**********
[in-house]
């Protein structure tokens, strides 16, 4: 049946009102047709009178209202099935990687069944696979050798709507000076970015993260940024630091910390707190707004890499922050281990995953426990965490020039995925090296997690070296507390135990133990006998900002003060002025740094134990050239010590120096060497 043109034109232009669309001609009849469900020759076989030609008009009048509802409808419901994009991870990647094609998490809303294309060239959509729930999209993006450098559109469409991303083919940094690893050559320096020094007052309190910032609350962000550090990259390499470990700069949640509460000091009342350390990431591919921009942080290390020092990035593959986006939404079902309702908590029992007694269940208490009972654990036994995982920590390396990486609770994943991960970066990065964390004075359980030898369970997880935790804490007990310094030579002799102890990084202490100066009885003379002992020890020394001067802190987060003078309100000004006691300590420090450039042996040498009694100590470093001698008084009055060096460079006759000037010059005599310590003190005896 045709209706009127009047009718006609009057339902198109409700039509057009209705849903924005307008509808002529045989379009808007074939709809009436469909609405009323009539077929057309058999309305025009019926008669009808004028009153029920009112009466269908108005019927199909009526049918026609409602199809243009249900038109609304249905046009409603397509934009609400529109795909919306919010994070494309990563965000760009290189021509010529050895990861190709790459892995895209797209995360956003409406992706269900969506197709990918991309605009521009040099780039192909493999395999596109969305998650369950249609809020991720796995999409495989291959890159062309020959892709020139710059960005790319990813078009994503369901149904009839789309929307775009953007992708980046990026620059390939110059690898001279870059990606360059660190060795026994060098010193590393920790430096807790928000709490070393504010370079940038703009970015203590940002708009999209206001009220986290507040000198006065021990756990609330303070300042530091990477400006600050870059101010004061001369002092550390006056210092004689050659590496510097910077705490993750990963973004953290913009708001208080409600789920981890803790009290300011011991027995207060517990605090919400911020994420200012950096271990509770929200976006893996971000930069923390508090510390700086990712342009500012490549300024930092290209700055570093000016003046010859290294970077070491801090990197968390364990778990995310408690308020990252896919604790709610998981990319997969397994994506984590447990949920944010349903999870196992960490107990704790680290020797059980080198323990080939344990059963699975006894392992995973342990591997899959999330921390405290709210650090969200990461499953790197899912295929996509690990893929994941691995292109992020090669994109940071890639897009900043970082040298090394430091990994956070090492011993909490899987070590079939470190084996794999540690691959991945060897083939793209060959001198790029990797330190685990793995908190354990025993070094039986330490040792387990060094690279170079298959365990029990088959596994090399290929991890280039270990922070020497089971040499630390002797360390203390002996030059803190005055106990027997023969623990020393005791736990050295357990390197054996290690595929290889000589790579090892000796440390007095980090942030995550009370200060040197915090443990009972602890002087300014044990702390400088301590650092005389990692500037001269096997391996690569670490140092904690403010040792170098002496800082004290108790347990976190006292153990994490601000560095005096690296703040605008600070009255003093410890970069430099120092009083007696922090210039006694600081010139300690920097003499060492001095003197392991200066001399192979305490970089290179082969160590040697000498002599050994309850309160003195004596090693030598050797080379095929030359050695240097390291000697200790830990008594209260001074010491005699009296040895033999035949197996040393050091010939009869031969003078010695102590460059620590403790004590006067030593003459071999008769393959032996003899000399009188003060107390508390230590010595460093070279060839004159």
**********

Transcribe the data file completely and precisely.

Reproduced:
[in-house]
């Protein structure tokens, strides 16, 4: 049946009102047709009178209202099935990687069944696979050798709507000076970015993260940024630091910390707190707004890499922050281990995953426990965490020039995925090296997690070296507390135990133990006998900002003060002025740094134990050239010590120096060497 043109034109232009669309001609009849469900020759076989030609008009009048509802409808419901994009991870990647094609998490809303294309060239959509729930999209993006450098559109469409991303083919940094690893050559320096020094007052309190910032609350962000550090990259390499470990700069949640509460000091009342350390990431591919921009942080290390020092990035593959986006939404079902309702908590029992007694269940208490009972654990036994995982920590390396990486609770994943991960970066990065964390004075359980030898369970997880935790804490007990310094030579002799102890990084202490100066009885003379002992020890020394001067802190987060003078309100000004006691300590420090450039042996040498009694100590470093001698008084009055060096460079006759000037010059005599310590003190005896 045709209706009127009047009718006609009057339902198109409700039509057009209705849903924005307008509808002529045989379009808007074939709809009436469909609405009323009539077929057309058999309305025009019926008669009808004028009153029920009112009466269908108005019927199909009526049918026609409602199809243009249900038109609304249905046009409603397509934009609400529109795909919306919010994070494309990563965000760009290189021509010529050895990861190709790459892995895209797209995360956003409406992706269900969506197709990918991309605009521009040099780039192909493999395999596109969305998650369950249609809020991720796995999409495989291959890159062309020959892709020139710059960005790319990813078009994503369901149904009839789309929307775009953007992708980046990026620059390939110059690898001279870059990606360059660190060795026994060098010193590393920790430096807790928000709490070393504010370079940038703009970015203590940002708009999209206001009220986290507040000198006065021990756990609330303070300042530091990477400006600050870059101010004061001369002092550390006056210092004689050659590496510097910077705490993750990963973004953290913009708001208080409600789920981890803790009290300011011991027995207060517990605090919400911020994420200012950096271990509770929200976006893996971000930069923390508090510390700086990712342009500012490549300024930092290209700055570093000016003046010859290294970077070491801090990197968390364990778990995310408690308020990252896919604790709610998981990319997969397994994506984590447990949920944010349903999870196992960490107990704790680290020797059980080198323990080939344990059963699975006894392992995973342990591997899959999330921390405290709210650090969200990461499953790197899912295929996509690990893929994941691995292109992020090669994109940071890639897009900043970082040298090394430091990994956070090492011993909490899987070590079939470190084996794999540690691959991945060897083939793209060959001198790029990797330190685990793995908190354990025993070094039986330490040792387990060094690279170079298959365990029990088959596994090399290929991890280039270990922070020497089971040499630390002797360390203390002996030059803190005055106990027997023969623990020393005791736990050295357990390197054996290690595929290889000589790579090892000796440390007095980090942030995550009370200060040197915090443990009972602890002087300014044990702390400088301590650092005389990692500037001269096997391996690569670490140092904690403010040792170098002496800082004290108790347990976190006292153990994490601000560095005096690296703040605008600070009255003093410890970069430099120092009083007696922090210039006694600081010139300690920097003499060492001095003197392991200066001399192979305490970089290179082969160590040697000498002599050994309850309160003195004596090693030598050797080379095929030359050695240097390291000697200790830990008594209260001074010491005699009296040895033999035949197996040393050091010939009869031969003078010695102590460059620590403790004590006067030593003459071999008769393959032996003899000399009188003060107390508390230590010595460093070279060839004159």